HSP Occasional Papers
Since the 1990s, the Harvard Sussex Program has been publishing the Harvard Sussex Program Occasional Papers, a monograph series that includes proceedings of HSP international workshops, findings from HSP research projects and specially commissioned studies. Edited and produced at Sussex, HSPOPs have now been re-launched as an electronic series beginning with:
Tucker, Jonathan, B. Strengthening consultative mechanisms under Article V to address BWC compliance concerns. Harvard Sussex Program Occasional Paper Issue 1 (May 2011)
Walker, John, R. The Leitenberg-Zilinskas History of the Soviet Biological Weapons Programme. Harvard Sussex Program Occasional Paper Issue 2 (December 2012)
Sims, Nicholas, A. BWC Article V: Under-Reviewed but Ripe for Exploration. Harvard Sussex Program Occasional Paper Issue 3 (March 2013)
Still in print from the original series:
Priyamwada Deshingkar, Matthew Meselson and Julian Perry Robinson (eds) Antichemical Protection and the Chemical Weapons Convention. Harvard Sussex Program Occasional Paper No. 2 (1993)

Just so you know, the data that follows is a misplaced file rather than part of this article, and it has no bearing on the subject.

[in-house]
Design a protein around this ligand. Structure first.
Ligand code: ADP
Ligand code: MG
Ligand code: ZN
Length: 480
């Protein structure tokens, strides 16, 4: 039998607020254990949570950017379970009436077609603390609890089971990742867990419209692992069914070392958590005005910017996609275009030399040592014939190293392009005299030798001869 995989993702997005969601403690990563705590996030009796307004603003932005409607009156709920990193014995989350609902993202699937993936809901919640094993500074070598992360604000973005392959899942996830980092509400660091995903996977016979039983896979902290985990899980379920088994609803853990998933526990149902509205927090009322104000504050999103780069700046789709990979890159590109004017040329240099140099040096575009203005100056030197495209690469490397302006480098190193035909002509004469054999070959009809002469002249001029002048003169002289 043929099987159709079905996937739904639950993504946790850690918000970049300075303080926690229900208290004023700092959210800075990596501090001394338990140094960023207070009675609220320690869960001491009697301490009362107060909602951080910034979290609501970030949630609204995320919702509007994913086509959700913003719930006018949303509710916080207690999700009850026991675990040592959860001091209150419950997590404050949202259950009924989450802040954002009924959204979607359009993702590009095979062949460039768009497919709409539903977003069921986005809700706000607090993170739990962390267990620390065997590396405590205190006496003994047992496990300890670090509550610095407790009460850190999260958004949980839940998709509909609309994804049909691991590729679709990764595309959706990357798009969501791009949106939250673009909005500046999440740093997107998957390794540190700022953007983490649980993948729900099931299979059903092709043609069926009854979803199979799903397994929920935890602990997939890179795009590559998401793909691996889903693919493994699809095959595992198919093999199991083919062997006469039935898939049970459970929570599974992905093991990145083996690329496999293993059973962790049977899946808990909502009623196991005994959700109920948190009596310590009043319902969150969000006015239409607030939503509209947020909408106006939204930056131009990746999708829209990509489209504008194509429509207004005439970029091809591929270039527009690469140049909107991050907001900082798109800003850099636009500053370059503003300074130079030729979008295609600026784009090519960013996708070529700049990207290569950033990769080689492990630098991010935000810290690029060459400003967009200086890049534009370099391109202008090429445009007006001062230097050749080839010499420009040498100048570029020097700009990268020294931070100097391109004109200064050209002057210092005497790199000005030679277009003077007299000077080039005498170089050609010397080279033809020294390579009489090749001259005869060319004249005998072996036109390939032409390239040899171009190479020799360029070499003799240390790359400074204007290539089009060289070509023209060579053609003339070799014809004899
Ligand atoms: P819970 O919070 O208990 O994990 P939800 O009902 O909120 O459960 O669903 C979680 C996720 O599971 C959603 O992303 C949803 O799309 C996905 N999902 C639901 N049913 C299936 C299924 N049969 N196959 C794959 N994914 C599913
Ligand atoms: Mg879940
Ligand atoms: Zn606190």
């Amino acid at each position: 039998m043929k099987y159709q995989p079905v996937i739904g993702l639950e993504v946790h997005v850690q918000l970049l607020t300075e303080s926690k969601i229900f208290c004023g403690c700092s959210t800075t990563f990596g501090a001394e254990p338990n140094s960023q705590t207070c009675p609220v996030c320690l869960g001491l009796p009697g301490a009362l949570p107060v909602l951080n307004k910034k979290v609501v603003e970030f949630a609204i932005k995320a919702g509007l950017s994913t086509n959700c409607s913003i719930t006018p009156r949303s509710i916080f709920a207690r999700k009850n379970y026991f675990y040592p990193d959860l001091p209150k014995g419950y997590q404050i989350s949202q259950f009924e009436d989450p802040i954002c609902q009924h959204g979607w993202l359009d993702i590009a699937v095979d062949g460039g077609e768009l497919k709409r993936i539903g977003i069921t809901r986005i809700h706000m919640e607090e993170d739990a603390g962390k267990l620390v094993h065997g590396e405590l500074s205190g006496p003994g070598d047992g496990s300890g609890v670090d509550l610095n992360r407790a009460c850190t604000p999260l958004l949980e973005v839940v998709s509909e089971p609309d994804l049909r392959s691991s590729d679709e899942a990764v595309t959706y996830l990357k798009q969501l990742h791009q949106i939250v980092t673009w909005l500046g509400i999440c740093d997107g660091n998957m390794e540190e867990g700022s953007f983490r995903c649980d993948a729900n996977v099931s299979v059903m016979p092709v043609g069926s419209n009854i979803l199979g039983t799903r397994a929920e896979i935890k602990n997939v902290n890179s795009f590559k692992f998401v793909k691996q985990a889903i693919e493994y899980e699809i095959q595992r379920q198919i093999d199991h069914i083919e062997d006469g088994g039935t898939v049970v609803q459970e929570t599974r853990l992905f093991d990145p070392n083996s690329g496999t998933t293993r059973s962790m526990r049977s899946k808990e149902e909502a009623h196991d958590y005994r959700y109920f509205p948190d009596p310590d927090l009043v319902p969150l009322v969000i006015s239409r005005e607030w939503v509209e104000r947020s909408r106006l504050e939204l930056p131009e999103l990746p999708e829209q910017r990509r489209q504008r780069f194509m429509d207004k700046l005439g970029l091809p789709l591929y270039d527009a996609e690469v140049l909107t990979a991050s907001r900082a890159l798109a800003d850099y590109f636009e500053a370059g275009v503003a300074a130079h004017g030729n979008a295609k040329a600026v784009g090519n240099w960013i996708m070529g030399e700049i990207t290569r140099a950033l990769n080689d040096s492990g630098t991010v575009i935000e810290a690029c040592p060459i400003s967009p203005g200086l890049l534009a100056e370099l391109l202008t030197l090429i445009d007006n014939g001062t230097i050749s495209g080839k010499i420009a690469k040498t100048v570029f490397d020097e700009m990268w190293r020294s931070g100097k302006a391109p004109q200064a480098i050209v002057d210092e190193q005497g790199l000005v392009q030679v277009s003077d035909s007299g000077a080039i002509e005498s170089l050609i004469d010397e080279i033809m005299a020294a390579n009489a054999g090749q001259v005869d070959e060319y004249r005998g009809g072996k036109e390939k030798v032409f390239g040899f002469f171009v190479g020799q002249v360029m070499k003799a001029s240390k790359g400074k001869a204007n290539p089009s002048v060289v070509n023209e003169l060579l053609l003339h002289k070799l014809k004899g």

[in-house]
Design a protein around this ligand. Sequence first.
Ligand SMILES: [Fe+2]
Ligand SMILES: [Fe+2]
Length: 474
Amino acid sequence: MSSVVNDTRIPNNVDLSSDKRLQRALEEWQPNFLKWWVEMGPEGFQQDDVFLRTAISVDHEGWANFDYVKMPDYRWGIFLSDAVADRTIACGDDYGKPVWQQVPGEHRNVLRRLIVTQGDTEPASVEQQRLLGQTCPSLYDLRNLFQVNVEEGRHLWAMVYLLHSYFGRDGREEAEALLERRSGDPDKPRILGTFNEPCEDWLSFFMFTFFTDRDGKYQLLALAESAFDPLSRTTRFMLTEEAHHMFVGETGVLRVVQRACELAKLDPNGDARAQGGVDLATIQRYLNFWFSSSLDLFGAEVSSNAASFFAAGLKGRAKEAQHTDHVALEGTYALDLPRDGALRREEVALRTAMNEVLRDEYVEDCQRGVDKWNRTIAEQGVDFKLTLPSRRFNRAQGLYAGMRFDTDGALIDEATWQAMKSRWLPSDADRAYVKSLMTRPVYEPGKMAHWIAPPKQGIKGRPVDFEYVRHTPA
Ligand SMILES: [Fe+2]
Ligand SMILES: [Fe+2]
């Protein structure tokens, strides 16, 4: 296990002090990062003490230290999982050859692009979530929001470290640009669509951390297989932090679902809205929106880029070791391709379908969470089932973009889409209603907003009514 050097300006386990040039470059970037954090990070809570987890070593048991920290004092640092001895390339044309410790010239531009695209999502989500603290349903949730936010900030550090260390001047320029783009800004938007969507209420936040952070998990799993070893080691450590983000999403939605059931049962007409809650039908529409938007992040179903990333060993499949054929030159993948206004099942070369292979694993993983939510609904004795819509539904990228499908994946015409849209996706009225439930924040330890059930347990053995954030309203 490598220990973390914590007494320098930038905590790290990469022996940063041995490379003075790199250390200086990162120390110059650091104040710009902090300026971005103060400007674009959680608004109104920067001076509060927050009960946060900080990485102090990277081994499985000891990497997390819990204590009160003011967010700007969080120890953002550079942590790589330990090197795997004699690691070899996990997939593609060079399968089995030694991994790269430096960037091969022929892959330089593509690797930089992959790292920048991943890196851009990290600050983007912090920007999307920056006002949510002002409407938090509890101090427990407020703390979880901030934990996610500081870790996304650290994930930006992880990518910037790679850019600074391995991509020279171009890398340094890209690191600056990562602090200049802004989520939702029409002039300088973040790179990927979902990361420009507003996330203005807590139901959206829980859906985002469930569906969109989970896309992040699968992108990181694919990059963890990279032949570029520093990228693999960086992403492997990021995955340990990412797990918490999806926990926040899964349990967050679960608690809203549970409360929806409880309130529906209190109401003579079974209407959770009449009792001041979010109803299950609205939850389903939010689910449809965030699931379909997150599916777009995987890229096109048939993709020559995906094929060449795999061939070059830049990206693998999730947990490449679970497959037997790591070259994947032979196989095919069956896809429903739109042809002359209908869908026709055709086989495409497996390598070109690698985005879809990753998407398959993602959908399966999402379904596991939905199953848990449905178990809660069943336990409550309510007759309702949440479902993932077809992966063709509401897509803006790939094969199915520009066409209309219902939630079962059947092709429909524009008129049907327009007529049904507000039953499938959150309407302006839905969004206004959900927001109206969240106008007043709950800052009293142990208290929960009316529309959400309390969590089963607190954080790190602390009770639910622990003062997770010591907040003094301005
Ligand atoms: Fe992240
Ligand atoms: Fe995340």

"It is possible to protect people against chemical weapons without at the same time so immobilizing or burdening them that they are unable to function effectively. This is true of no other category of modern battlefield weapon." In this lies the key to the crucial relationship now being established between the new chemical treaty and protection against chemical weapons. HSPOP 2 shows why this is so, and why the treaty should not obstruct development of protection.
HSPOP 2 is a record of the El Escorial Workshop on Antichemical Protection and the Chemical Weapons Convention held in August 1991 while the Chemical Weapons Convention was in the final phase of negotiation. The Workshop was hosted by the Complutense University of Madrid and the Spanish Pugwash Group, and was organized by the Harvard Sussex Program in collaboration with the Pugwash Conferences on Science and World Affairs. Besides conveners and organizers, the Workshop brought together 20 experts from 16 countries, most of them specialists in physical or medical aspects of protection against chemical warfare and some of them members of their countries' negotiating delegations in Geneva.